and quantity required at a given time.
• Novel idea, process, tool, or solution to facilitate
healthy and sustainable agriculture that is tailored
to a specific context.
33. Define agricultural innovation
• Combined hardware (technologies – e.g. seeds)
and software (social-organisational – e.g. seed
systems) to enhance development and business
objectives, change for the better
• Tool that can guide analysis of complex
agricultural problems, and the identification of
entry points that enhance the innovation
capacity of the agricultural system in which the
complex agricultural problem is embedded.
34. Emergence of agricultural innovation
No detailed blueprint exists for making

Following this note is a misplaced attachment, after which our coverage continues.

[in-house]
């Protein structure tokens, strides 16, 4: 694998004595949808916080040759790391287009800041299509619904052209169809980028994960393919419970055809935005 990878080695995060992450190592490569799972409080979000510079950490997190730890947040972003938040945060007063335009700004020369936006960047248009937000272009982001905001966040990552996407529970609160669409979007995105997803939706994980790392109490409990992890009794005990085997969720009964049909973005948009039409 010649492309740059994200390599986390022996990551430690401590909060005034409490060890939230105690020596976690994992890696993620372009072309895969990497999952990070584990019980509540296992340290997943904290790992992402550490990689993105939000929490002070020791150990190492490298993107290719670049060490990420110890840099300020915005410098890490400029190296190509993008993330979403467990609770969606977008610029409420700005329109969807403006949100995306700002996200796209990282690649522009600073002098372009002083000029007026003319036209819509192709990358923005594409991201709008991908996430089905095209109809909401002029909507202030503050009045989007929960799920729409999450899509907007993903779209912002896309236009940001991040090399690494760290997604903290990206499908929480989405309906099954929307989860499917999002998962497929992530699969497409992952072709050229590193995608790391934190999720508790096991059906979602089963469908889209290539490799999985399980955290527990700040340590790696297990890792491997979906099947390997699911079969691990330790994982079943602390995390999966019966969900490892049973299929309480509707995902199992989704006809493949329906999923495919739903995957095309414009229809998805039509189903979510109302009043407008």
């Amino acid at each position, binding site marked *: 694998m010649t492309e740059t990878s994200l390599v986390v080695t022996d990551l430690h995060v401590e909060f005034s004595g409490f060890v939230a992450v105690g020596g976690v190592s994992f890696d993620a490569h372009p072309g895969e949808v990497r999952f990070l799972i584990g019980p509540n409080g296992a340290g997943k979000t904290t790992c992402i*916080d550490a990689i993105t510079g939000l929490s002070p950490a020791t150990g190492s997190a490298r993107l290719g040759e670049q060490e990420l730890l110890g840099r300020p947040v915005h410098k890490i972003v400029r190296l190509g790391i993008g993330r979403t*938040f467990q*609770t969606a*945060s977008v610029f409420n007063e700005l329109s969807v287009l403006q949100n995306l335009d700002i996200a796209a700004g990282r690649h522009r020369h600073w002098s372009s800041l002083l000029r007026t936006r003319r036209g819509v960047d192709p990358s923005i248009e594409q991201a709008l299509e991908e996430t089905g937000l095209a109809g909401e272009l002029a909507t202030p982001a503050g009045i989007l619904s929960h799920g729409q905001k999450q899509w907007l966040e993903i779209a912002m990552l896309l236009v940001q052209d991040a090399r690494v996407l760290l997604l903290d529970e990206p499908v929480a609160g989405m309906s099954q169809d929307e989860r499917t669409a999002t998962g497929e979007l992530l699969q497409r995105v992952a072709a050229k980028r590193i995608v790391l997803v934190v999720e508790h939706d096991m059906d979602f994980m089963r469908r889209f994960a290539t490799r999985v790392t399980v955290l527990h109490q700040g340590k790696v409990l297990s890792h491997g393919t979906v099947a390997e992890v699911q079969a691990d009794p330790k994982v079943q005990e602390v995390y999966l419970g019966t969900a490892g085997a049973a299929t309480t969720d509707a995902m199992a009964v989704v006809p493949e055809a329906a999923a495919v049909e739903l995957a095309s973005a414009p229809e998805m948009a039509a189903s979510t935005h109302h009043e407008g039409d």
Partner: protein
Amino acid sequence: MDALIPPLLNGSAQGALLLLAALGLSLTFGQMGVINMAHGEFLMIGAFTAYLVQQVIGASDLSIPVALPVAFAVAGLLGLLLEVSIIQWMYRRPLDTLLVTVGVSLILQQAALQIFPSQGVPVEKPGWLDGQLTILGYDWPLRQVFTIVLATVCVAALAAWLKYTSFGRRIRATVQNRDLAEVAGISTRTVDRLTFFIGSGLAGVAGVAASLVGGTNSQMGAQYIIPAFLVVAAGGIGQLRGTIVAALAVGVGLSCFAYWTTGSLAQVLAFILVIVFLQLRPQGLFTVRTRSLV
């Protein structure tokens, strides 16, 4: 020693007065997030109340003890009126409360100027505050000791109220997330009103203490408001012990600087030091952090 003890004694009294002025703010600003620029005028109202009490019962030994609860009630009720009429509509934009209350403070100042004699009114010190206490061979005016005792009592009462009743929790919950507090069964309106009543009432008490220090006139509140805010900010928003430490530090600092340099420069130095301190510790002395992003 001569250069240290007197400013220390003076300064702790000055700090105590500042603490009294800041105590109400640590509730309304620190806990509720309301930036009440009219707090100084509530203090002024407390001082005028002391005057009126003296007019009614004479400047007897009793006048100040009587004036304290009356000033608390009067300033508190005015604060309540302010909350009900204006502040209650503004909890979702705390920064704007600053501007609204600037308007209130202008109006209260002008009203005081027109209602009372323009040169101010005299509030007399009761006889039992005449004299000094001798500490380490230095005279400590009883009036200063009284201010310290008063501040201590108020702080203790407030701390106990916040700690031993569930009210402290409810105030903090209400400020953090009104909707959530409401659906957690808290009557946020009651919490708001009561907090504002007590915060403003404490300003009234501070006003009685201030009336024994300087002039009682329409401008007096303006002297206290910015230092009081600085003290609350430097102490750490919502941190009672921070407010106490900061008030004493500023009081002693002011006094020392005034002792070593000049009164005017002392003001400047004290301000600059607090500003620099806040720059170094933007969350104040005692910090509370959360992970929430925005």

agricultural innovation happen at a
given time, in a given place, for a given
Actors in an agricultural innovation
system (AIS) innovate not in isolation,
but through interacting with other
Valuable insights are gained from
working with all kinds of groups to
develop and achieve shared objectives
Source (World bank,2006)
35. Agricultural Innovation Systems
Purpose National agricultural
and information systems
Planning capacity for
and technology transfer
capacity to innovate
Actors Agriculture research
services, and farmers
organizations, l universities,
extension services, farmers,
Potentially all actors
in the public and
involved in the
adaptation, and use of
all types of knowledge
36. Agricultural Innovation Systems
Purpose National agricultural
and information systems
Outcome Technology invention
and technology transfer
and innovation in
principle Use of science to create